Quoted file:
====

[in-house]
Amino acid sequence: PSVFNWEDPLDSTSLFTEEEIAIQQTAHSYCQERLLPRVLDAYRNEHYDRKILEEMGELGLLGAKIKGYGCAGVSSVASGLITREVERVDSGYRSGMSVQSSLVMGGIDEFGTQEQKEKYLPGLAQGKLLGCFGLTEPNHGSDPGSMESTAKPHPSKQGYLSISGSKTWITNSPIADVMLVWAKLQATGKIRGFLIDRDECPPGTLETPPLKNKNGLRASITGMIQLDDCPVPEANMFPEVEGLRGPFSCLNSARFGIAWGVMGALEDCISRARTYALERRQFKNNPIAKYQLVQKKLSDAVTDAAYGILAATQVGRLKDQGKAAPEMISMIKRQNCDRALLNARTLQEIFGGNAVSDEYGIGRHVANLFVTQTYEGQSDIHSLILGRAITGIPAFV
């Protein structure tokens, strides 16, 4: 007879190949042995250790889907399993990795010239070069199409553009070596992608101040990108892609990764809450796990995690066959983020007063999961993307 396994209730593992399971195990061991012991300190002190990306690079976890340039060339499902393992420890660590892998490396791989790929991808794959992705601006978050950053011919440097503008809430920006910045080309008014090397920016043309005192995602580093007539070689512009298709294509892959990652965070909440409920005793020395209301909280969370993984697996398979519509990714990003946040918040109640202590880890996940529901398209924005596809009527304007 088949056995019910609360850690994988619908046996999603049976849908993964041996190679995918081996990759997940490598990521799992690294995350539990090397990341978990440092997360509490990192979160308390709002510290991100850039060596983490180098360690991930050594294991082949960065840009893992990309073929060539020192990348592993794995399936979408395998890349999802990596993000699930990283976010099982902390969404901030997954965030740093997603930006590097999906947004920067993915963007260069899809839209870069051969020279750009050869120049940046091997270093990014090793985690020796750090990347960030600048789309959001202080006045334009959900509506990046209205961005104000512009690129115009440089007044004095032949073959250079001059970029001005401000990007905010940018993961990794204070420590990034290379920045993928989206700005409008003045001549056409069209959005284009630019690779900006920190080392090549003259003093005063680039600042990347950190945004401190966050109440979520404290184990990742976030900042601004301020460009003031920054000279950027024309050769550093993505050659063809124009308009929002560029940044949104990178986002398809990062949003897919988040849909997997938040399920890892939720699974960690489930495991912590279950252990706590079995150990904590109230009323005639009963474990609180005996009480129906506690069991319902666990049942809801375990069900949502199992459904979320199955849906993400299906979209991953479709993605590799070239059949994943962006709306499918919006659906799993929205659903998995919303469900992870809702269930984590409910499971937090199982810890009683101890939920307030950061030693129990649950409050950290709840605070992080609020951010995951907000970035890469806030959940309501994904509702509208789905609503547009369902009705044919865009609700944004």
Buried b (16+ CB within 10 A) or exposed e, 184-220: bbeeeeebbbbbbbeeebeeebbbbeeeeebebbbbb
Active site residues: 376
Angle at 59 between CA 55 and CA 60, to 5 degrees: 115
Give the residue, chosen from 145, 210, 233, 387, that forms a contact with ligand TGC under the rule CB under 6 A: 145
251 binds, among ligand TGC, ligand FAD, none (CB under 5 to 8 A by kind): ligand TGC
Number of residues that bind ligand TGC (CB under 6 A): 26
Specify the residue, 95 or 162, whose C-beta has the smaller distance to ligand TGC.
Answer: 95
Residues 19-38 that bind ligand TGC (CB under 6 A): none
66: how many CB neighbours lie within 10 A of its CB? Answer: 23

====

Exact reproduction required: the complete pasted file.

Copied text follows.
[in-house]
Amino acid sequence: PSVFNWEDPLDSTSLFTEEEIAIQQTAHSYCQERLLPRVLDAYRNEHYDRKILEEMGELGLLGAKIKGYGCAGVSSVASGLITREVERVDSGYRSGMSVQSSLVMGGIDEFGTQEQKEKYLPGLAQGKLLGCFGLTEPNHGSDPGSMESTAKPHPSKQGYLSISGSKTWITNSPIADVMLVWAKLQATGKIRGFLIDRDECPPGTLETPPLKNKNGLRASITGMIQLDDCPVPEANMFPEVEGLRGPFSCLNSARFGIAWGVMGALEDCISRARTYALERRQFKNNPIAKYQLVQKKLSDAVTDAAYGILAATQVGRLKDQGKAAPEMISMIKRQNCDRALLNARTLQEIFGGNAVSDEYGIGRHVANLFVTQTYEGQSDIHSLILGRAITGIPAFV
């Protein structure tokens, strides 16, 4: 007879190949042995250790889907399993990795010239070069199409553009070596992608101040990108892609990764809450796990995690066959983020007063999961993307 396994209730593992399971195990061991012991300190002190990306690079976890340039060339499902393992420890660590892998490396791989790929991808794959992705601006978050950053011919440097503008809430920006910045080309008014090397920016043309005192995602580093007539070689512009298709294509892959990652965070909440409920005793020395209301909280969370993984697996398979519509990714990003946040918040109640202590880890996940529901398209924005596809009527304007 088949056995019910609360850690994988619908046996999603049976849908993964041996190679995918081996990759997940490598990521799992690294995350539990090397990341978990440092997360509490990192979160308390709002510290991100850039060596983490180098360690991930050594294991082949960065840009893992990309073929060539020192990348592993794995399936979408395998890349999802990596993000699930990283976010099982902390969404901030997954965030740093997603930006590097999906947004920067993915963007260069899809839209870069051969020279750009050869120049940046091997270093990014090793985690020796750090990347960030600048789309959001202080006045334009959900509506990046209205961005104000512009690129115009440089007044004095032949073959250079001059970029001005401000990007905010940018993961990794204070420590990034290379920045993928989206700005409008003045001549056409069209959005284009630019690779900006920190080392090549003259003093005063680039600042990347950190945004401190966050109440979520404290184990990742976030900042601004301020460009003031920054000279950027024309050769550093993505050659063809124009308009929002560029940044949104990178986002398809990062949003897919988040849909997997938040399920890892939720699974960690489930495991912590279950252990706590079995150990904590109230009323005639009963474990609180005996009480129906506690069991319902666990049942809801375990069900949502199992459904979320199955849906993400299906979209991953479709993605590799070239059949994943962006709306499918919006659906799993929205659903998995919303469900992870809702269930984590409910499971937090199982810890009683101890939920307030950061030693129990649950409050950290709840605070992080609020951010995951907000970035890469806030959940309501994904509702509208789905609503547009369902009705044919865009609700944004």
Buried b (16+ CB within 10 A) or exposed e, 184-220: bbeeeeebbbbbbbeeebeeebbbbeeeeebebbbbb
Active site residues: 376
Angle at 59 between CA 55 and CA 60, to 5 degrees: 115
Give the residue, chosen from 145, 210, 233, 387, that forms a contact with ligand TGC under the rule CB under 6 A: 145
251 binds, among ligand TGC, ligand FAD, none (CB under 5 to 8 A by kind): ligand TGC
Number of residues that bind ligand TGC (CB under 6 A): 26
Specify the residue, 95 or 162, whose C-beta has the smaller distance to ligand TGC.
Answer: 95
Residues 19-38 that bind ligand TGC (CB under 6 A): none
66: how many CB neighbours lie within 10 A of its CB? Answer: 23